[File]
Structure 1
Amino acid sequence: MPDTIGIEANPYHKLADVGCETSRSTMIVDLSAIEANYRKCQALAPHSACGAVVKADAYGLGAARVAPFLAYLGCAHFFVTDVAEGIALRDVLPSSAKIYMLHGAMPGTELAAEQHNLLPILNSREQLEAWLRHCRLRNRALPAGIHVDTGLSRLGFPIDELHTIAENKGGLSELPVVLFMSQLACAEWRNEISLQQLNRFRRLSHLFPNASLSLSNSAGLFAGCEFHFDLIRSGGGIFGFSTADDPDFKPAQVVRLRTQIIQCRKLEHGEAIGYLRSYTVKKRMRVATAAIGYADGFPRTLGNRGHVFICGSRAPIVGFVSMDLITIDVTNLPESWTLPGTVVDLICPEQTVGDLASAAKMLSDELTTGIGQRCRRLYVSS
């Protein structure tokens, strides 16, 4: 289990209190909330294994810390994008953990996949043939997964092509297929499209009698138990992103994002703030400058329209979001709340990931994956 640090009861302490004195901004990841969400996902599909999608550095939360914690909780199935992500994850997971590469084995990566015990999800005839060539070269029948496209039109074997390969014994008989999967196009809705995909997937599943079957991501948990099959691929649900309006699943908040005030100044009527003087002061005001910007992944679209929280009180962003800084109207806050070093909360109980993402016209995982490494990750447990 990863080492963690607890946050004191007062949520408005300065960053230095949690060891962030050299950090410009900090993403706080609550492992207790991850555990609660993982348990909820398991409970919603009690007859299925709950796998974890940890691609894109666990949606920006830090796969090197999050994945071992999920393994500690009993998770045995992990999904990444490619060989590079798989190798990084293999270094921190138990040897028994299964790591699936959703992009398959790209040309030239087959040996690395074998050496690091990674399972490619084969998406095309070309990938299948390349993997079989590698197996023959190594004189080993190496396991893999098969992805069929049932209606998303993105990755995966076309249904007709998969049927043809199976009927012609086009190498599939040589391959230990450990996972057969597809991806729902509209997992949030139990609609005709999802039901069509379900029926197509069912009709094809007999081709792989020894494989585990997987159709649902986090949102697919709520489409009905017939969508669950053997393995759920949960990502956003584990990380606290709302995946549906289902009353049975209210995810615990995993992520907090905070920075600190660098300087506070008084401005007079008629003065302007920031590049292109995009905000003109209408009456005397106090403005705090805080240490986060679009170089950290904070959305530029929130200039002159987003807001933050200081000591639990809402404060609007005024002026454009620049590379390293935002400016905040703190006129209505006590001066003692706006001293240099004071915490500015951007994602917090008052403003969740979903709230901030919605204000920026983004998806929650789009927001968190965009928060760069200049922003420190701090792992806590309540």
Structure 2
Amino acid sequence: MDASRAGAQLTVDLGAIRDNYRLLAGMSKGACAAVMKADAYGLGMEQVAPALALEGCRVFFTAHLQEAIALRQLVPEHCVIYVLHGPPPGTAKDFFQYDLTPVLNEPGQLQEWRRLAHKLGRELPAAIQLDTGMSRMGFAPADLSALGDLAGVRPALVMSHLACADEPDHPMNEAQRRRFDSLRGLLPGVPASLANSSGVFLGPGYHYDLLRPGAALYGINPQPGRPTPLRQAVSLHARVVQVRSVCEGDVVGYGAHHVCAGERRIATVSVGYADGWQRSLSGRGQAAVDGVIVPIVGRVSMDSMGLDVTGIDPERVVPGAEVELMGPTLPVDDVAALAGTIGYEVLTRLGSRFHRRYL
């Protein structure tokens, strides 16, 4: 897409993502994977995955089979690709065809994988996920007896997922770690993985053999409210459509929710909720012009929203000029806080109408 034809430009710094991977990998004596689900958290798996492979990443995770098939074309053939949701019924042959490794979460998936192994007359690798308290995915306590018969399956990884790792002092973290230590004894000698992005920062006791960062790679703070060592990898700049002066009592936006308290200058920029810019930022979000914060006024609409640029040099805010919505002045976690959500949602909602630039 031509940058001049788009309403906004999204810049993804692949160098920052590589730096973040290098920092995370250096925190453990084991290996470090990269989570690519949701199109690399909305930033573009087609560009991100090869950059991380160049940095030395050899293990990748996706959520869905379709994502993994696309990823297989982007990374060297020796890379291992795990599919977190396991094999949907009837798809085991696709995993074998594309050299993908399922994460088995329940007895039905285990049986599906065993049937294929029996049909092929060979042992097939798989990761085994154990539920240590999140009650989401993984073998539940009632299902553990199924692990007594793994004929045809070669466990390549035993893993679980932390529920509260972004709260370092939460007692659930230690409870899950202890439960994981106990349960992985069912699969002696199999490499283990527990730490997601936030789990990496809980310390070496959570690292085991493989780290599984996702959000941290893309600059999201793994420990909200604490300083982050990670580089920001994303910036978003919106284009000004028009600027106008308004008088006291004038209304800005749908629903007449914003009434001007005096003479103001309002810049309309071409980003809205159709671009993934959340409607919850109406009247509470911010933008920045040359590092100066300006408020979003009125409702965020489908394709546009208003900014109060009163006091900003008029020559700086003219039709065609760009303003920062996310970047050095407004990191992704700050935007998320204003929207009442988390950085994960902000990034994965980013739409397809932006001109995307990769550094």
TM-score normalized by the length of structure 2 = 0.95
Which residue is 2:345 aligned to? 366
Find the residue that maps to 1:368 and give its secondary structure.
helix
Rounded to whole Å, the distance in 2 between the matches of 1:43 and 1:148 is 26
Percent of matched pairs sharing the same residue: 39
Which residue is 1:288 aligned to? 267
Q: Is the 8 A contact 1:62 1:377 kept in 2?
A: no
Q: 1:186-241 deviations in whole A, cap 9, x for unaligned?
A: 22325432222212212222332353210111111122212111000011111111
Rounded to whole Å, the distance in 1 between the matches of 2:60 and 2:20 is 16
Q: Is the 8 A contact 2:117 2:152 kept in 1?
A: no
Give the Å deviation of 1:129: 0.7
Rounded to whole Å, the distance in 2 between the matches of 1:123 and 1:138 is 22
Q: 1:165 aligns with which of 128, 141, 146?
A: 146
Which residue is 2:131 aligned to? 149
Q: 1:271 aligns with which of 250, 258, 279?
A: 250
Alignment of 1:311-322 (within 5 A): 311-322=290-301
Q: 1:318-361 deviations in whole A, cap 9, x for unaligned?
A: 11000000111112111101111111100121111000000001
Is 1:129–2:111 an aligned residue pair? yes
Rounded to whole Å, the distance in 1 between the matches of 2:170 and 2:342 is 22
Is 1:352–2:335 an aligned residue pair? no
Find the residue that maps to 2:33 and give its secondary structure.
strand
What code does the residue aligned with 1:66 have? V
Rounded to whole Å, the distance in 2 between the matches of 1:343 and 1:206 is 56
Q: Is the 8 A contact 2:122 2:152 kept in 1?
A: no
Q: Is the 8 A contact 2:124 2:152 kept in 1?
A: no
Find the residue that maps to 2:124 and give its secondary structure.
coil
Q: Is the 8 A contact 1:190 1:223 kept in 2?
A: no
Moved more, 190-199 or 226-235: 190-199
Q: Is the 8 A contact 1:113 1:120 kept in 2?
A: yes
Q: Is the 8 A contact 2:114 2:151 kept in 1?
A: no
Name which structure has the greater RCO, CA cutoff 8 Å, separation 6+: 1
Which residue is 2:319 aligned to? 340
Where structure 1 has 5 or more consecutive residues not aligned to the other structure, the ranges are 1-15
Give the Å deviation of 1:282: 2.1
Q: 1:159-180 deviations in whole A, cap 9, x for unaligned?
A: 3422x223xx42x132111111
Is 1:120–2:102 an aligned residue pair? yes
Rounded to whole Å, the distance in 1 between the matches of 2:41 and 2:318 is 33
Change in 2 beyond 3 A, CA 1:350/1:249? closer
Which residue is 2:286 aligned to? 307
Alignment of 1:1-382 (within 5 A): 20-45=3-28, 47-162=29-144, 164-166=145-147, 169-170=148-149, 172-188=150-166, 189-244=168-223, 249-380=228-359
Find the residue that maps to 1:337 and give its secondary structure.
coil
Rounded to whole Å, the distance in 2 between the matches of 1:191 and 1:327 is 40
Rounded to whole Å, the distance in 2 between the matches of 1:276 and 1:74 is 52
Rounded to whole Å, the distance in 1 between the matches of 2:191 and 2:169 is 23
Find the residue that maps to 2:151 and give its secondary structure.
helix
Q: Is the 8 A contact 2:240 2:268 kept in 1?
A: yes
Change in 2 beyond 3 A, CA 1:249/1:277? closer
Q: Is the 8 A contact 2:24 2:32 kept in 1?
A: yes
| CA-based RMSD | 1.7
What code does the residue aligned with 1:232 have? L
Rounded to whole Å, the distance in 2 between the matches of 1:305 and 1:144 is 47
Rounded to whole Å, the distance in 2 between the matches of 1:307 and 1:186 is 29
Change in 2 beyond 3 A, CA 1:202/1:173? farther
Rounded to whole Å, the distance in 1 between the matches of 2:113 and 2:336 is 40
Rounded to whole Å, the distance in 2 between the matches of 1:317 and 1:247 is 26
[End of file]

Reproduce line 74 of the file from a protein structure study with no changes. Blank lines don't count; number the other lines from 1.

| CA-based RMSD | 1.7